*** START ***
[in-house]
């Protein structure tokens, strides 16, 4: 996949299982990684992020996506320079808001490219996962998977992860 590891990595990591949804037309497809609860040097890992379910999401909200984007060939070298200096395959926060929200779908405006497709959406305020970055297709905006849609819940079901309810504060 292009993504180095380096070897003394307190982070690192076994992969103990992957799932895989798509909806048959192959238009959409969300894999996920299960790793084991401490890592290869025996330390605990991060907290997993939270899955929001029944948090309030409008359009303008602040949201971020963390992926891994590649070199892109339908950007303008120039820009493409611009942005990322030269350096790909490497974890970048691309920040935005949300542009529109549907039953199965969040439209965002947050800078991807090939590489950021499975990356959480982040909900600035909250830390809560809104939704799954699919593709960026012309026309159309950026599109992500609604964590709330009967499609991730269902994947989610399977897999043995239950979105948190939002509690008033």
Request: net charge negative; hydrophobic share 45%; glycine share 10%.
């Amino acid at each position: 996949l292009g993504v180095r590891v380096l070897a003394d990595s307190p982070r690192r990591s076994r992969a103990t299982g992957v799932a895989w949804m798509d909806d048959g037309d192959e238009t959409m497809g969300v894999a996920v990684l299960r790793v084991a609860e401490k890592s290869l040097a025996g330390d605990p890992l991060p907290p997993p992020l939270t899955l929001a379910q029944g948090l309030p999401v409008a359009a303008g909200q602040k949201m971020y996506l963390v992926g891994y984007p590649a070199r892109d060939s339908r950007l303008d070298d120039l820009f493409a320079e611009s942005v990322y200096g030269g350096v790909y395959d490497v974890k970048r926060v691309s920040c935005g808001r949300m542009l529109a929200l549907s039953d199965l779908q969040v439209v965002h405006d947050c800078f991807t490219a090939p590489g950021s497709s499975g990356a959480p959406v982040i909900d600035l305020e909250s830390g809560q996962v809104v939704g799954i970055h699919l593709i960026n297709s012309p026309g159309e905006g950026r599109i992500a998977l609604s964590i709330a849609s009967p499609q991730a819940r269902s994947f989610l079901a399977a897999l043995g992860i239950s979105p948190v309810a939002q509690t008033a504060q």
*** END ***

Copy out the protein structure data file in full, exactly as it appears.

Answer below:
[in-house]
């Protein structure tokens, strides 16, 4: 996949299982990684992020996506320079808001490219996962998977992860 590891990595990591949804037309497809609860040097890992379910999401909200984007060939070298200096395959926060929200779908405006497709959406305020970055297709905006849609819940079901309810504060 292009993504180095380096070897003394307190982070690192076994992969103990992957799932895989798509909806048959192959238009959409969300894999996920299960790793084991401490890592290869025996330390605990991060907290997993939270899955929001029944948090309030409008359009303008602040949201971020963390992926891994590649070199892109339908950007303008120039820009493409611009942005990322030269350096790909490497974890970048691309920040935005949300542009529109549907039953199965969040439209965002947050800078991807090939590489950021499975990356959480982040909900600035909250830390809560809104939704799954699919593709960026012309026309159309950026599109992500609604964590709330009967499609991730269902994947989610399977897999043995239950979105948190939002509690008033």
Request: net charge negative; hydrophobic share 45%; glycine share 10%.
């Amino acid at each position: 996949l292009g993504v180095r590891v380096l070897a003394d990595s307190p982070r690192r990591s076994r992969a103990t299982g992957v799932a895989w949804m798509d909806d048959g037309d192959e238009t959409m497809g969300v894999a996920v990684l299960r790793v084991a609860e401490k890592s290869l040097a025996g330390d605990p890992l991060p907290p997993p992020l939270t899955l929001a379910q029944g948090l309030p999401v409008a359009a303008g909200q602040k949201m971020y996506l963390v992926g891994y984007p590649a070199r892109d060939s339908r950007l303008d070298d120039l820009f493409a320079e611009s942005v990322y200096g030269g350096v790909y395959d490497v974890k970048r926060v691309s920040c935005g808001r949300m542009l529109a929200l549907s039953d199965l779908q969040v439209v965002h405006d947050c800078f991807t490219a090939p590489g950021s497709s499975g990356a959480p959406v982040i909900d600035l305020e909250s830390g809560q996962v809104v939704g799954i970055h699919l593709i960026n297709s012309p026309g159309e905006g950026r599109i992500a998977l609604s964590i709330a849609s009967p499609q991730a819940r269902s994947f989610l079901a399977a897999l043995g992860i239950s979105p948190v309810a939002q509690t008033a504060q």